Cruise line seeks dismissal of family's lawsuit in toddler’s fatal cruise ship fall

NOW: Cruise line seeks dismissal of family’s lawsuit in toddler’s fatal cruise ship fall

From court documents: Mr. Salvatore Anello, wearing a dark short sleeve (see red circle) following Chloe, wearing a white hat, (see second red circle), towards the open window on Deck 11

From court documents: When he arrives at the window and while Chloe is on the floor, Mr. Anello leans his upper-torso over the wooden railing and out of the window frame for approximately 8 seconds

From court documents: Mr. Anello stays in front of the open window and exposes Chloe to the open window, which was 11 decks high off the ground, with nothing but a concrete pier below, for approximately 34 seconds at which time she unfortunately fell

Royal Caribbean cruise line has responded to a lawsuit filed by the family of Chloe Wiegand, the Michiana toddler who fatally fell from a cruise ship window in July.

In court documents filed on January 8, Royal Caribbean asks the court to dismiss Wiegand’s family’s claims that the cruise line was negligent and not compliant with current window fall prevention guidelines.

The cruise line alleges in the new court documents that Wiegand’s grandfather, Salvatore Anello, knew that the 11th floor window was open when Wiegand fell to her death on the cruise ship docked in Puerto Rico.

Anello, who is facing a criminal charge in Puerto Rico for Wiegand’s death, said when he sat Wiegand on the window, he didn’t know it was open.

Royal Caribbean calls Anello’s actions “irresponsible and reckless” in the new court documents.

The cruise line said in court documents that it has surveillance footage from two closed-circuit television cameras showing Anello leaning out of the window then reaching down to pick up Wiegand, then holding her up to it. Photos from the surveillance footage can be seen above.

In the court documents, Royal Caribbean alleges that Anello leaned out the window for approximately eight seconds before he picked up Wiegand and lifted her over the railing towards the open window.

Anello then stays in front of the open window and exposes Wiegand to the open window for about 34 seconds at which time she fell, the court documents said.

Royal Caribbean goes on to say that it had no duty to warn someone about the “open and obvious danger" of putting a child up to an open window, court documents said.

Anello is facing a criminal charge of negligent homicide and when he last appeared in a San Juan courtroom in December, he made it clear that he does not want to take a plea deal.

Wiegand’s parents and other family members do not support the criminal charges against Anello in Puerto Rico.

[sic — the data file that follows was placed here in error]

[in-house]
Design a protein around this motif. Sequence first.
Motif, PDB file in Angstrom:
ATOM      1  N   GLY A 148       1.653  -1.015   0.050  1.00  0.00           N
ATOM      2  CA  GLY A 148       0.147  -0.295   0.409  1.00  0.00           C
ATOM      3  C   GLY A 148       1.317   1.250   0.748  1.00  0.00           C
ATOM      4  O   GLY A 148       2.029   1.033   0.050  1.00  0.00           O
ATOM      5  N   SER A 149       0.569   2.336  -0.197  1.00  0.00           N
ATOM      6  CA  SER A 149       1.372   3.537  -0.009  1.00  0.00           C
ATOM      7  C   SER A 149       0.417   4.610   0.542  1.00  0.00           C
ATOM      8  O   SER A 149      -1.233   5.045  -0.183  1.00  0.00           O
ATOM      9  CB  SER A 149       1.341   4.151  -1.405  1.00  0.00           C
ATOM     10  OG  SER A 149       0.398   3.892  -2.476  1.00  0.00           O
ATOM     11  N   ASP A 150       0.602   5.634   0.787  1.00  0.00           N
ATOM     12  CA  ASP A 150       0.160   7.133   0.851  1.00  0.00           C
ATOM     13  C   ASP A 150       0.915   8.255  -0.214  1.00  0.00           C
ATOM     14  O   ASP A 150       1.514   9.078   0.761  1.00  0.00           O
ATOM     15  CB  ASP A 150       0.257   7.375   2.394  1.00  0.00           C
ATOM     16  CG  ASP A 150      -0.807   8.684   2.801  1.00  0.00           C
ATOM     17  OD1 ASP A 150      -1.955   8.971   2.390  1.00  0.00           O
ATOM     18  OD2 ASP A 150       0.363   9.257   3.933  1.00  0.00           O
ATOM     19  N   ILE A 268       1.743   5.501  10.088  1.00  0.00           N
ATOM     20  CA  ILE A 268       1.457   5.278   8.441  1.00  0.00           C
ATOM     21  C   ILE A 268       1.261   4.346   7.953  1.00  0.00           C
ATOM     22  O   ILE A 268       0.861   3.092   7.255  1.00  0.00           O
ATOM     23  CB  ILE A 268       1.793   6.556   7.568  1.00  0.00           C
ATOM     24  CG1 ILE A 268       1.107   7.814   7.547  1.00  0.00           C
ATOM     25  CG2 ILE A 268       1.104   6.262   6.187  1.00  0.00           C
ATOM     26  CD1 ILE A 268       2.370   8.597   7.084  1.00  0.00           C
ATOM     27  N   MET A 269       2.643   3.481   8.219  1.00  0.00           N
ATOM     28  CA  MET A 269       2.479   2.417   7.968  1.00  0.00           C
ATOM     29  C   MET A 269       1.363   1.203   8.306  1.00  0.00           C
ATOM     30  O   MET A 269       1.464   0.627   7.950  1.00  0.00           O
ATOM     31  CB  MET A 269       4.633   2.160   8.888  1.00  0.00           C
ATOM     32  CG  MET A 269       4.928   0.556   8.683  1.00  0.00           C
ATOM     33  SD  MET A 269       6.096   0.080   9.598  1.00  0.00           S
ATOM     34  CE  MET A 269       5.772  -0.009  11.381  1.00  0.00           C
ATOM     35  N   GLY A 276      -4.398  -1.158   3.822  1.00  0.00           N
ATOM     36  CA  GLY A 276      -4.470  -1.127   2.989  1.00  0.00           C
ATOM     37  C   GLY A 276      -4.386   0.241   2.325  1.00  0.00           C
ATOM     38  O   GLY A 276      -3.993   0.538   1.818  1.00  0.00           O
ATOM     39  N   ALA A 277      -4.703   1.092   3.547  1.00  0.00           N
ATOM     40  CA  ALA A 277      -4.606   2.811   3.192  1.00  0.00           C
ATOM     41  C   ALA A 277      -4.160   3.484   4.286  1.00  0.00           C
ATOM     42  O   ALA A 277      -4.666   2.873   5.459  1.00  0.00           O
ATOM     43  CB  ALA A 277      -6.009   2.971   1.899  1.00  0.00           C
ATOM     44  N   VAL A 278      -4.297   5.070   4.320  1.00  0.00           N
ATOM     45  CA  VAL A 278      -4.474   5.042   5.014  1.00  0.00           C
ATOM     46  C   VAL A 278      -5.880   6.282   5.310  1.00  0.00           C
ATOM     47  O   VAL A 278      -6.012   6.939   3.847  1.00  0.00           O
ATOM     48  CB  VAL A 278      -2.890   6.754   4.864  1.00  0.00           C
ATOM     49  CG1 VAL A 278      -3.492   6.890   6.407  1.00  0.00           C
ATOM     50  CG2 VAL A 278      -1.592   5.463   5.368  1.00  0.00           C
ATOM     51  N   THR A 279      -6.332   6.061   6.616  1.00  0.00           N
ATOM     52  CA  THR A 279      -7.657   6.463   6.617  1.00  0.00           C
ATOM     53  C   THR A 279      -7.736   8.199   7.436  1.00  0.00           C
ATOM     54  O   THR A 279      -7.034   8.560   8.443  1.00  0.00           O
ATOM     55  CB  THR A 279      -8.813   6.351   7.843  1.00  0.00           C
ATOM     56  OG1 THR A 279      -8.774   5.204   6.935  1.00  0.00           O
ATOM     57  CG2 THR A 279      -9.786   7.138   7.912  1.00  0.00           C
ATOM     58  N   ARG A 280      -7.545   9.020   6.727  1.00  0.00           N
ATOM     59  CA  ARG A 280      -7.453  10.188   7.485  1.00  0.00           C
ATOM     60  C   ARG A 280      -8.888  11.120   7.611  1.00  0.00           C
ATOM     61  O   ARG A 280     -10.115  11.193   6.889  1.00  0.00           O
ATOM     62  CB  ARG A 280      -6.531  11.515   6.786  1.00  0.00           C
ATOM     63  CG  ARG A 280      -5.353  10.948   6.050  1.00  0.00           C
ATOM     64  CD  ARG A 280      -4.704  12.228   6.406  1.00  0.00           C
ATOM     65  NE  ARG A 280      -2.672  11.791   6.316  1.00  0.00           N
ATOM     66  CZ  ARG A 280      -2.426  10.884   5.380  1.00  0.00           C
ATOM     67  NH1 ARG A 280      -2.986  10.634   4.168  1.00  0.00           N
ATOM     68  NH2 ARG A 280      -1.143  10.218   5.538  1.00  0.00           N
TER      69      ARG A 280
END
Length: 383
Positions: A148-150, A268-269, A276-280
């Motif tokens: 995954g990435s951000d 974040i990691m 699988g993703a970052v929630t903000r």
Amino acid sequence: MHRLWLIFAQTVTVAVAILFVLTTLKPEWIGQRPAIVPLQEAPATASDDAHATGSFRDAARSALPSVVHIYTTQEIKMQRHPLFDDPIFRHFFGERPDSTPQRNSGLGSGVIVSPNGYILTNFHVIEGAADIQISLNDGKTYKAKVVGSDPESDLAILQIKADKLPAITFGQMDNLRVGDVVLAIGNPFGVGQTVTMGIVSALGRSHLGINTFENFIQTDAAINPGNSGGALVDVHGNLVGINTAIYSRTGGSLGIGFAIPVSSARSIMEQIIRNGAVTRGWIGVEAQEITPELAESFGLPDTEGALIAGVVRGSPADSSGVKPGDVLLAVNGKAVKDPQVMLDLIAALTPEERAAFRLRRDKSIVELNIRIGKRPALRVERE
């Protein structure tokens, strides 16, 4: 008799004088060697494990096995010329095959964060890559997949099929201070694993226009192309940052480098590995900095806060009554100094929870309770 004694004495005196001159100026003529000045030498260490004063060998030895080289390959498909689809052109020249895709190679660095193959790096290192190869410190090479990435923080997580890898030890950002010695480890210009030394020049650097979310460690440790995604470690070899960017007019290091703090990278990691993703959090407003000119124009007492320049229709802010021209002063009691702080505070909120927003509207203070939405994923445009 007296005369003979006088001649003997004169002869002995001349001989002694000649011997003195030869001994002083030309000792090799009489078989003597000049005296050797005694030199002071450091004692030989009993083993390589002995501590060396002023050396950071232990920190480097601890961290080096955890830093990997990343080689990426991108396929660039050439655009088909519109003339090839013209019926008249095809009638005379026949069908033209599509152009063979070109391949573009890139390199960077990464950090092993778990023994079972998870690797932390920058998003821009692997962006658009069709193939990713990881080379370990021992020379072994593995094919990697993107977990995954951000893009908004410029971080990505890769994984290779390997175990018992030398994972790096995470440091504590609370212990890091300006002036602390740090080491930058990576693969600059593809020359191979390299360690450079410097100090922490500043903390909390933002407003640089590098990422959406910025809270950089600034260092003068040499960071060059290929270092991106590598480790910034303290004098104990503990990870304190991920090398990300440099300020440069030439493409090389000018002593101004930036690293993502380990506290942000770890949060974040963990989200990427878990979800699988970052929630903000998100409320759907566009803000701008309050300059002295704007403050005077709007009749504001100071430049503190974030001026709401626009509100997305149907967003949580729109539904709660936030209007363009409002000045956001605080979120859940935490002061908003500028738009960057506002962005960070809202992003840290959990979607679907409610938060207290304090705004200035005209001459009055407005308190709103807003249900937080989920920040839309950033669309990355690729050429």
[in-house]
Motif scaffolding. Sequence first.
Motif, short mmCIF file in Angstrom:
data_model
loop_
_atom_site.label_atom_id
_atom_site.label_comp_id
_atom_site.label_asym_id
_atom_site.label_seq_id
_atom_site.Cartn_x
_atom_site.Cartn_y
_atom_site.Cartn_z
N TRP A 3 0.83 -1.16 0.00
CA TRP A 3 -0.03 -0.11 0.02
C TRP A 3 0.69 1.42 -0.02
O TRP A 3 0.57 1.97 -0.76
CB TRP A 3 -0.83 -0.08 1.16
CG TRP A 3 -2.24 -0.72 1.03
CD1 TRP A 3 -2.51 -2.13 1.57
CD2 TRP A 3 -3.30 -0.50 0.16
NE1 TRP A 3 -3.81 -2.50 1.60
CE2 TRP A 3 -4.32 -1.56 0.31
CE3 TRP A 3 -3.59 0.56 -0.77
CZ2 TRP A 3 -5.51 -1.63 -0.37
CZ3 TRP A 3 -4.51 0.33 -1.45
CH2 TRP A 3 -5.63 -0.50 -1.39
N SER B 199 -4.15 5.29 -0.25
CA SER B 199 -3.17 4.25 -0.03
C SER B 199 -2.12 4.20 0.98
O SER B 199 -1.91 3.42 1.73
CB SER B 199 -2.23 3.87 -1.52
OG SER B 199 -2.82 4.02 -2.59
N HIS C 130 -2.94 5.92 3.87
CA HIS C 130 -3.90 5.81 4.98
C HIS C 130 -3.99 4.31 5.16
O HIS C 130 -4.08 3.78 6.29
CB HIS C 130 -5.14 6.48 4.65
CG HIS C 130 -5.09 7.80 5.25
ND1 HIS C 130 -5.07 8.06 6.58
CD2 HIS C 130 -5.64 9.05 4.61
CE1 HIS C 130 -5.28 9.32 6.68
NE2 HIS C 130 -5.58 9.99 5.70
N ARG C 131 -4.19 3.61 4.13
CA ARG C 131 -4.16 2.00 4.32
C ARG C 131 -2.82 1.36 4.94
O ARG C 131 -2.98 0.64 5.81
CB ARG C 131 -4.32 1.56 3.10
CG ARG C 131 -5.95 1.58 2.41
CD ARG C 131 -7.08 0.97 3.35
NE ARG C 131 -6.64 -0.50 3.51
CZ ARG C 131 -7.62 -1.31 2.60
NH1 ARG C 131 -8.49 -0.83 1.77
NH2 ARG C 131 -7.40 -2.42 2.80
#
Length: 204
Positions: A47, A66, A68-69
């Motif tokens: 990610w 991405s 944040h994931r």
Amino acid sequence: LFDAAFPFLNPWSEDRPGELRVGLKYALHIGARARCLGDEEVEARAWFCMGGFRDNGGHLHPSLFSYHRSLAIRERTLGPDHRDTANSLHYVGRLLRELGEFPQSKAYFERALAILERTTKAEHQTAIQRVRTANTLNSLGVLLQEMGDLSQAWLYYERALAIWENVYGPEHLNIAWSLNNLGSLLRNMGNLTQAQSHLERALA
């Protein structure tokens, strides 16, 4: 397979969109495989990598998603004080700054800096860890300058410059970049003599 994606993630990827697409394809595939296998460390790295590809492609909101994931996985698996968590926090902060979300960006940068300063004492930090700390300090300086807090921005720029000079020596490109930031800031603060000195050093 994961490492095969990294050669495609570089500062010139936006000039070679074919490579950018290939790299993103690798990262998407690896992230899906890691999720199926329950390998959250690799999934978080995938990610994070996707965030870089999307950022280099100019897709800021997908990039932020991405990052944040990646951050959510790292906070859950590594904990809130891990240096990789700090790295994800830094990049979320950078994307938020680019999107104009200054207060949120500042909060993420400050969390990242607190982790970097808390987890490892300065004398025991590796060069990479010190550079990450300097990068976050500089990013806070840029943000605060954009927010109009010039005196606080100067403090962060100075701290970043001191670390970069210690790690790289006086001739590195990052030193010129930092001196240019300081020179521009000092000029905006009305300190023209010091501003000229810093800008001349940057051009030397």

Statement from Michael Winkleman at Lipcon, Margulies, Alsina & Winkleman P.A, who represents the family in the civil suit against Royal Caribbean

The Wiegands are in the process of responding to Royal Caribbean’s Motion to Dismiss. In short, Royal Caribbean’s Motion to Dismiss is baseless and deceptive. It is clear that Royal Caribbean’s tactic is to blame Chloe’s grandfather rather than to accept that Royal Caribbean did not implement industry standards for toddler safety aboard its ships which ultimately led to Chloe’s tragic death. Royal Caribbean has premised its defense in this case and its blame on Chloe’s grandfather by supplying two deceptive views from its CCTV cameras to the court and the Puerto Rico authorities. However, the Plaintiffs were first permitted a vessel inspection of the scene of the incident on January 10 – less than a week after Royal Caribbean first informed the Wiegands that they are making modifications to the ship that will destroy the subject area where the incident occurred. That inspection has revealed that Royal Caribbean’s Motion to Dismiss neglects to tell the Court and, presumably, the authorities that there were no less than THIRTEEN CCTV video cameras in the area of the incident. The Wiegands will ask the Court to compel Royal Caribbean to produce all the videos from those nearby cameras.

Further, the Wiegands’ response to Royal Caribbean’s Motion to Dismiss will definitively show what the Wiegands have said since day one: that Chloe’s grandfather never knew there was an open window and never knowingly put Chloe in harms way. Had Royal Caribbean simply abided by industry standards designed to protect toddlers, this tragedy would not have occurred.

Royal Caribbean released the following statement on Friday regarding the court documents:

The death of Chloe Wiegand is undeniably a heartbreaking tragedy that has prompted a criminal prosecution of Chloe’s step-grandfather and a civil lawsuit brought by the Wiegand family attorneys. Our position in the matter is outlined in our Motion to Dismiss, which we were legally mandated to do in response to the civil complaint. The motion was filed in Federal Court in South Florida and is available to the public.

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